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Integration of metabolic and inflammatory mediator profiles as a potential prognostic approach for septic shock in the intensive care unit.

Mickiewicz B, Tam P, Jenne CN, Leger C, Wong J, Winston BW, Doig C, Kubes P, Vogel HJ, Alberta Sepsis Netwo - Crit Care (2015)

Bottom Line: Therefore, the identification of new diagnostic tools remains a priority for increasing the survival rate of ICU patients.The analysis of the inflammatory mediators was performed using human cytokine and chemokine assay kits.By using multivariate statistical analysis we were able to distinguish patient groups and detect specific metabolic and cytokine/chemokine patterns associated with septic shock and its mortality.

View Article: PubMed Central - PubMed

Affiliation: Bio-NMR-Centre, Department of Biological Sciences, University of Calgary, 2500 University Drive Northwest, Calgary, AB, T2N 1N4, Canada. bmmickie@ucalgary.ca.

ABSTRACT

Introduction: Septic shock is a major life-threatening condition in critically ill patients and it is well known that early recognition of septic shock and expedient initiation of appropriate treatment improves patient outcome. Unfortunately, to date no single compound has shown sufficient sensitivity and specificity to be used as a routine biomarker for early diagnosis and prognosis of septic shock in the intensive care unit (ICU). Therefore, the identification of new diagnostic tools remains a priority for increasing the survival rate of ICU patients. In this study, we have evaluated whether a combined nuclear magnetic resonance spectroscopy-based metabolomics and a multiplex cytokine/chemokine profiling approach could be used for diagnosis and prognostic evaluation of septic shock patients in the ICU.

Methods: Serum and plasma samples were collected from septic shock patients and ICU controls (ICU patients with the systemic inflammatory response syndrome but not suspected of having an infection). (1)H Nuclear magnetic resonance spectra were analyzed and quantified using the targeted profiling methodology. The analysis of the inflammatory mediators was performed using human cytokine and chemokine assay kits.

Results: By using multivariate statistical analysis we were able to distinguish patient groups and detect specific metabolic and cytokine/chemokine patterns associated with septic shock and its mortality. These metabolites and cytokines/chemokines represent candidate biomarkers of the human response to septic shock and have the potential to improve early diagnosis and prognosis of septic shock.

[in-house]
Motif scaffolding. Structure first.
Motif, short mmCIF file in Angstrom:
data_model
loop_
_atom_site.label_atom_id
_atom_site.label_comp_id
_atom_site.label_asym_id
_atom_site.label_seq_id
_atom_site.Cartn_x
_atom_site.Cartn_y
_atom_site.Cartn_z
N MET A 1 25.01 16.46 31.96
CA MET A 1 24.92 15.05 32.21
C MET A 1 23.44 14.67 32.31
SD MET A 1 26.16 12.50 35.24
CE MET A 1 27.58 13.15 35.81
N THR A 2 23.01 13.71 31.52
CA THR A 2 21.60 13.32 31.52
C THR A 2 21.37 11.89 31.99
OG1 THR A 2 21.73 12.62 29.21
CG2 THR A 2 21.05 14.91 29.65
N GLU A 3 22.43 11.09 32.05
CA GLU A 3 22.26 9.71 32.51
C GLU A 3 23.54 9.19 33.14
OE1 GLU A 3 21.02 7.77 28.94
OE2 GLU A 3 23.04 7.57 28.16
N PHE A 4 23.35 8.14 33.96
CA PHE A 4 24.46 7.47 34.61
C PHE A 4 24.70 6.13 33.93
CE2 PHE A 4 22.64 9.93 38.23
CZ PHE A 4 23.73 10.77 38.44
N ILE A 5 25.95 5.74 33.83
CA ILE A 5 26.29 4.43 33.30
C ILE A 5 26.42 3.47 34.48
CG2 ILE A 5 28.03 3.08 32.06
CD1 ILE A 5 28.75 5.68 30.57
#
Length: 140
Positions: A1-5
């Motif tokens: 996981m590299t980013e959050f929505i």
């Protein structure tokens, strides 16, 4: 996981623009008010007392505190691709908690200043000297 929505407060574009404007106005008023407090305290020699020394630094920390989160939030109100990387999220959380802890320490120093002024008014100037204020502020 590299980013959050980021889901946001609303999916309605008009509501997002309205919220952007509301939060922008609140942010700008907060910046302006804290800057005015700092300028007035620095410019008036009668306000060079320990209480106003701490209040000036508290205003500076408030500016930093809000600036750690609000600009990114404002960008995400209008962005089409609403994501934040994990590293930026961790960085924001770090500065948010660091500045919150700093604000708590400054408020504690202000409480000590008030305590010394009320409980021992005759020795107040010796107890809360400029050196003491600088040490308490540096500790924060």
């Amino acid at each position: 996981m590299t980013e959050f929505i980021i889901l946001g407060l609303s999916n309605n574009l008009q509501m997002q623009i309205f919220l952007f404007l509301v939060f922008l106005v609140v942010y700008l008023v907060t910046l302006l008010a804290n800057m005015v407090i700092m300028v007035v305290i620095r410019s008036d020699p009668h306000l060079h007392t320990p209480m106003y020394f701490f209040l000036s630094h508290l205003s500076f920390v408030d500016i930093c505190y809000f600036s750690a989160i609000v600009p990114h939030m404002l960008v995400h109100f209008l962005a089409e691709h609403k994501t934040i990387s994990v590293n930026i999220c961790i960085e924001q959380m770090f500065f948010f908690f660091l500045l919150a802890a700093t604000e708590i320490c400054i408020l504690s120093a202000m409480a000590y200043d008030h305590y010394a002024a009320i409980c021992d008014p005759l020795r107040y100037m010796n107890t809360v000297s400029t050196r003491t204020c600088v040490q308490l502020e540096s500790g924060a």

Conclusions: Our findings show that integration of quantitative metabolic and inflammatory mediator data can be utilized for the diagnosis and prognosis of septic shock in the ICU.

No MeSH data available.


Related in: MedlinePlus

The OPLS-DA regression coefficient plot. Positive values of coefficients (the upper part of the diagram) indicate increased metabolite and cytokine/chemokine concentrations in the septic shock samples (fold change >1) while negative values (the lower part of diagram) present a decrease in metabolite and cytokine/chemokine concentrations, as compared to ICU controls (fold change <1). Only significant metabolites and cytokines/chemokines are shown (P <0.05, two-sample t test). ICU, intensive care unit; OPLS-DA, orthogonal partial least squares discriminant analysis.
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Fig3: The OPLS-DA regression coefficient plot. Positive values of coefficients (the upper part of the diagram) indicate increased metabolite and cytokine/chemokine concentrations in the septic shock samples (fold change >1) while negative values (the lower part of diagram) present a decrease in metabolite and cytokine/chemokine concentrations, as compared to ICU controls (fold change <1). Only significant metabolites and cytokines/chemokines are shown (P <0.05, two-sample t test). ICU, intensive care unit; OPLS-DA, orthogonal partial least squares discriminant analysis.

Mentions: As shown in Figure 3, fifteen metabolites and eight inflammatory mediators contribute significantly to the separation between septic shock samples and ICU controls. Eight metabolites revealed altered concentrations in septic shock patients (phenylalanine, myo-inositol, isobutyrate, 3-hydroxybutyrate, urea, O-acetylcarnitine, 2-hydroxybutyrate and proline) while the concentrations of propylene glycol, threonine, valine, arginine, glutamate, methanol and glucose were decreased. Septic shock patients showed also high levels of interferon-inducible protein-10 (IP-10), hepatocyte growth factor (HGF), interleukin-18 (IL-18), IL-1 and IL-2 receptor antagonists (IL-1Ra, IL-2Ra) and decreased concentrations of IL-1α, monocyte-specific chemokine 3 (MCP-3) and tumor necrosis factor beta (TNF-β).Figure 3